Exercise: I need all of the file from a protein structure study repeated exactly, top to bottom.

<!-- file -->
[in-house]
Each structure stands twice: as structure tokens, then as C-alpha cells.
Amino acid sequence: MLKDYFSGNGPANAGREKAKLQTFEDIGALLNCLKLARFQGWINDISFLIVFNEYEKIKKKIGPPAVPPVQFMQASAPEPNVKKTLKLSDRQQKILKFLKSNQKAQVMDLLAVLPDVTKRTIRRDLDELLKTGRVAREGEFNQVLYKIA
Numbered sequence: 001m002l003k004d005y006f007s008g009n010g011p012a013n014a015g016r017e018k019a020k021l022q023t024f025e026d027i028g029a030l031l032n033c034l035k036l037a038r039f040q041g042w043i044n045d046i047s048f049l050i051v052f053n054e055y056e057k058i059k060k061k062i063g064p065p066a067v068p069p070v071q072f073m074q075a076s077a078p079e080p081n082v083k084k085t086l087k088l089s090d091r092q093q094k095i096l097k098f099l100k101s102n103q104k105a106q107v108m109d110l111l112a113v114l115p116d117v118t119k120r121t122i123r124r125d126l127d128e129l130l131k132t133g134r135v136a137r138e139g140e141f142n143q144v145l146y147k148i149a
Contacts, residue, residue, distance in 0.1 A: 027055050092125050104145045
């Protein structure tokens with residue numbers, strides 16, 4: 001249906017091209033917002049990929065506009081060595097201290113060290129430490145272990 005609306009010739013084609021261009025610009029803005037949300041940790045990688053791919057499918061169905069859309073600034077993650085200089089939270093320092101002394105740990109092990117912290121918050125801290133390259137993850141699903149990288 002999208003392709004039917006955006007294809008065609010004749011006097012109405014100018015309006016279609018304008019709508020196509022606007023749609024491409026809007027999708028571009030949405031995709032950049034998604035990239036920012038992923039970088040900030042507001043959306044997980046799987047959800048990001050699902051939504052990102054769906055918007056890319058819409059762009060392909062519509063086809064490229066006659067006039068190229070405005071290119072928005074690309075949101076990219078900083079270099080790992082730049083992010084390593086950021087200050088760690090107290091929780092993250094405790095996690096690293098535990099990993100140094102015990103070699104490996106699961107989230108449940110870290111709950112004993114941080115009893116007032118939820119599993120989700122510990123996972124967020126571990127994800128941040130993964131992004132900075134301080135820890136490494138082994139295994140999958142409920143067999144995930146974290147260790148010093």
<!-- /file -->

[in-house]
Each structure stands twice: as structure tokens, then as C-alpha cells.
Amino acid sequence: MLKDYFSGNGPANAGREKAKLQTFEDIGALLNCLKLARFQGWINDISFLIVFNEYEKIKKKIGPPAVPPVQFMQASAPEPNVKKTLKLSDRQQKILKFLKSNQKAQVMDLLAVLPDVTKRTIRRDLDELLKTGRVAREGEFNQVLYKIA
Numbered sequence: 001m002l003k004d005y006f007s008g009n010g011p012a013n014a015g016r017e018k019a020k021l022q023t024f025e026d027i028g029a030l031l032n033c034l035k036l037a038r039f040q041g042w043i044n045d046i047s048f049l050i051v052f053n054e055y056e057k058i059k060k061k062i063g064p065p066a067v068p069p070v071q072f073m074q075a076s077a078p079e080p081n082v083k084k085t086l087k088l089s090d091r092q093q094k095i096l097k098f099l100k101s102n103q104k105a106q107v108m109d110l111l112a113v114l115p116d117v118t119k120r121t122i123r124r125d126l127d128e129l130l131k132t133g134r135v136a137r138e139g140e141f142n143q144v145l146y147k148i149a
Contacts, residue, residue, distance in 0.1 A: 027055050092125050104145045
């Protein structure tokens with residue numbers, strides 16, 4: 001249906017091209033917002049990929065506009081060595097201290113060290129430490145272990 005609306009010739013084609021261009025610009029803005037949300041940790045990688053791919057499918061169905069859309073600034077993650085200089089939270093320092101002394105740990109092990117912290121918050125801290133390259137993850141699903149990288 002999208003392709004039917006955006007294809008065609010004749011006097012109405014100018015309006016279609018304008019709508020196509022606007023749609024491409026809007027999708028571009030949405031995709032950049034998604035990239036920012038992923039970088040900030042507001043959306044997980046799987047959800048990001050699902051939504052990102054769906055918007056890319058819409059762009060392909062519509063086809064490229066006659067006039068190229070405005071290119072928005074690309075949101076990219078900083079270099080790992082730049083992010084390593086950021087200050088760690090107290091929780092993250094405790095996690096690293098535990099990993100140094102015990103070699104490996106699961107989230108449940110870290111709950112004993114941080115009893116007032118939820119599993120989700122510990123996972124967020126571990127994800128941040130993964131992004132900075134301080135820890136490494138082994139295994140999958142409920143067999144995930146974290147260790148010093």